Monday, October 21, 2013

Pumpkin Globes

Inspired by Pinterest (of course), we just completed a fun project of painting pumpkins to look like globes. It was a big undertaking, but well worth it. We made these globes during the first three weeks of our Friday co-op. We're doing an entire year of "Around the World" Geography and this was the perfect "kick-off" project. Here are some pictures and a step-by-step how-to guide. Enjoy!

My first completed sample. I had a great time experimenting with different techniques and templates. I ended up with two samples that looked pretty good. Then the challenge became figuring out how to make it do-able for 20 children in grades 1-6.
We were fortunate to get the pumpkins from one of the mom's sisters for only $1.20 each!
Hauling them down the stairs was a big chore... but we managed to get our own little mini-pumpkin-patch set up before the students arrived.

The task for day one --- paint those pumpkins blue. You need to use acrylic paint in order for it to adhere to the pumpkin.


We managed to keep the mess to a minimum!


At the second class session we helped the children paint the continents on their pumpkins.
First, we had them paint white on the bottom of their pumpkins for Antarctica.
Next, we had them draw the Equator by stretching a rubber band around the middle of their pumpkin and then tracing around the top of the rubber band with a dark colored Sharpie.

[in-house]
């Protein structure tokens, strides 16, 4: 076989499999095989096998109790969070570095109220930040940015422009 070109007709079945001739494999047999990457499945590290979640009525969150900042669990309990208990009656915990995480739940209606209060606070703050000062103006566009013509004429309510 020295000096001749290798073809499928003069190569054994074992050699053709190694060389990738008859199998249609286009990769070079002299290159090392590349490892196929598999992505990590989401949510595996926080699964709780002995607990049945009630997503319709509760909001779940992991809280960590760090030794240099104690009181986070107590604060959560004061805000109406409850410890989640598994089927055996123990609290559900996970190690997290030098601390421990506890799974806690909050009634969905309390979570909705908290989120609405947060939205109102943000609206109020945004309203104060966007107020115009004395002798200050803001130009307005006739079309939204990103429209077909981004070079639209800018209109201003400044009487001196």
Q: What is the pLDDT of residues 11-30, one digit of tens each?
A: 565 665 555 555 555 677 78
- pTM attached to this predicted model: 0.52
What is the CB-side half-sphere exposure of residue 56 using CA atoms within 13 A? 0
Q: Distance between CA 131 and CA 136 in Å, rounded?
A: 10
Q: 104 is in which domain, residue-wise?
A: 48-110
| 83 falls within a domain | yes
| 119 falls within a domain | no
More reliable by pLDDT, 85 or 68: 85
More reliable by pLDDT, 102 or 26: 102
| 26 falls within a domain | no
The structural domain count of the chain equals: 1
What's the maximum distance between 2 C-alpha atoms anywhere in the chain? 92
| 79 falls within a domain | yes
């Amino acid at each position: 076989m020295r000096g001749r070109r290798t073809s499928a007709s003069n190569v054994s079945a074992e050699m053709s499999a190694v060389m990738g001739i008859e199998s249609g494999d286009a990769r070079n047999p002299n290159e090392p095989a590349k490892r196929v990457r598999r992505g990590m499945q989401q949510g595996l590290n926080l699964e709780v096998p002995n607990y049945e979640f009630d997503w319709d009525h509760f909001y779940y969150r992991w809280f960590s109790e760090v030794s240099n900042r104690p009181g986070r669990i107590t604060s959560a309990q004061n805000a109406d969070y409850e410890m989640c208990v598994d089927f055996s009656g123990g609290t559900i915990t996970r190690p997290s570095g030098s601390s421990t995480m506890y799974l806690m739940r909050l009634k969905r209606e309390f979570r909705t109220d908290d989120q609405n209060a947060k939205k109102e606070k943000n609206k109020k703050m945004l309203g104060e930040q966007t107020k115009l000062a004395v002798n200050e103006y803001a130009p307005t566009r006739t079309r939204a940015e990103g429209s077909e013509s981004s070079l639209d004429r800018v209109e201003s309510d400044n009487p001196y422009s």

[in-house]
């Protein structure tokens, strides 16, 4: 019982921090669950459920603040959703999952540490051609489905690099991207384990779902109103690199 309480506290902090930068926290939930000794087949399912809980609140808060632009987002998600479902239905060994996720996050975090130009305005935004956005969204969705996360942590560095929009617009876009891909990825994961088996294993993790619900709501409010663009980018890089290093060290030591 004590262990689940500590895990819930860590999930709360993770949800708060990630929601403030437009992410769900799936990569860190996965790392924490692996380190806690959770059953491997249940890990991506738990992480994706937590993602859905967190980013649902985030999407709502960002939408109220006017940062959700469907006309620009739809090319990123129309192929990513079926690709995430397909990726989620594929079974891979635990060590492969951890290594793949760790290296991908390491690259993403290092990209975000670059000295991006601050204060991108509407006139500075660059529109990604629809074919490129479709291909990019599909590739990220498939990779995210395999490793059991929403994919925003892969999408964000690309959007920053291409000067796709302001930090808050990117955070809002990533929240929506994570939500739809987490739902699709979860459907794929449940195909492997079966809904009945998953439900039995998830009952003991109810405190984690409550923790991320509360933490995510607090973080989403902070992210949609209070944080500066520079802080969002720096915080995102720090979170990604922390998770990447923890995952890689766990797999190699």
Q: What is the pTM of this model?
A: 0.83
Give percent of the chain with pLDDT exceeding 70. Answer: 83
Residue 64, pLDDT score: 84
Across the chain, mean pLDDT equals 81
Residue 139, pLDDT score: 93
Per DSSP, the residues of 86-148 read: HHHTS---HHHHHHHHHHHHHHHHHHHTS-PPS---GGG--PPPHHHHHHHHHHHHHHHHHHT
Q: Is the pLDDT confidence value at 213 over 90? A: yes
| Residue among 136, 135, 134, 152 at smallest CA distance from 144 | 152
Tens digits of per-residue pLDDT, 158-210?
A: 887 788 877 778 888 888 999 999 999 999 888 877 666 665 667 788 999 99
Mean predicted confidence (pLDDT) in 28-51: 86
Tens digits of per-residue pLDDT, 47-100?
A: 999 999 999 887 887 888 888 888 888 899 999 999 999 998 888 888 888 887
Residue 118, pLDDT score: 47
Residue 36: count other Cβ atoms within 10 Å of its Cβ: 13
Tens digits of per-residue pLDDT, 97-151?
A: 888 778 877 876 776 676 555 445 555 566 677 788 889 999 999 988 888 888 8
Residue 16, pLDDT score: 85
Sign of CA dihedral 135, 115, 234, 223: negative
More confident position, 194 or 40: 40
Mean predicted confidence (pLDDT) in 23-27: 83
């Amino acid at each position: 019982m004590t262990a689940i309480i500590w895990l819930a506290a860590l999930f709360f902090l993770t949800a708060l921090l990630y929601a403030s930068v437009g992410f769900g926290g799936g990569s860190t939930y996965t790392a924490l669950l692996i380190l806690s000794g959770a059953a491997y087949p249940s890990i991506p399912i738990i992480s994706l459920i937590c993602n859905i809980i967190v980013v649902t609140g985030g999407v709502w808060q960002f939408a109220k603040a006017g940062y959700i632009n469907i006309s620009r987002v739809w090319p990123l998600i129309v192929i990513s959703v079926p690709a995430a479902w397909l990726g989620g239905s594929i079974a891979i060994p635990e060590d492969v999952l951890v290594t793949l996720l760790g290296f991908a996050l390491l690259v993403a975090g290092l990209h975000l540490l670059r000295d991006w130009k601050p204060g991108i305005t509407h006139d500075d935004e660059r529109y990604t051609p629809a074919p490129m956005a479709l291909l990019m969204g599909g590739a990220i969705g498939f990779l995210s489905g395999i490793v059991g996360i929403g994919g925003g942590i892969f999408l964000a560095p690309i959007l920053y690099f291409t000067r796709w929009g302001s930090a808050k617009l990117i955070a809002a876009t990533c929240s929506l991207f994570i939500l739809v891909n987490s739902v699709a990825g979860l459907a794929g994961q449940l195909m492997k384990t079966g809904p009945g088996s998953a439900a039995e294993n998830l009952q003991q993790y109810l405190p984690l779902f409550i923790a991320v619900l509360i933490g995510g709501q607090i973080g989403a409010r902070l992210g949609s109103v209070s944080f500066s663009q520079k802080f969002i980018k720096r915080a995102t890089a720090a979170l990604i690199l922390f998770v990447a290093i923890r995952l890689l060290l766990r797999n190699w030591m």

I made foam stencils for all of the continents except Antarctica.(We just had them paint the bottoms of the pumpkins white.) Making these stencils was challenging! It's difficult to get a very basic shape that will translate well onto a round ridged pumpkin.
I attached a duct tape tab to each stencil for gripping.

We had the students use brushes to paint a thin layer of paint on each stencil. Then we helped them press the stencils onto their pumpkins. The stamps worked "so-so." They did leave a general shape of the continents. The students had to do a lot of filling in with their brushes though. I was very impressed by how hard they worked. Fortunately, I had lots of moms helping me. Unfortunately, I did not get to take ANY pictures of this process. It was an "all hands on deck" experience.

We had them do Africa first, lining it up with the equator. It was important to have several sample pumpkins and globes available to help us place the continents in the right spots.

After stamping Africa and painting on the island of Madagascar, we moved on to Asia.

It was fairly easy to place the rest of the continents based on their locations relative to Africa, Asia, and the Equator. We tried to add as many of the islands as we could.

Before the third class session I went in and sprayed all the pumpkins with a glossy sealer. This made them shiny and hopefully kept the paint from peeling easily.

When I made my sample pumpkins, I labeled the continents and oceans with a Sharpie. I decided to make laminated tags for the children to use as labels for their pumpkins. At our third class session they used flat thumbtacks and/or straight pins to attach the labels.

The children worked very hard on these pumpkins and they are very proud of them. I think they turned out great!


1 comment:

  1. Love these! Thank you for sharing. I shared it on Pinterest!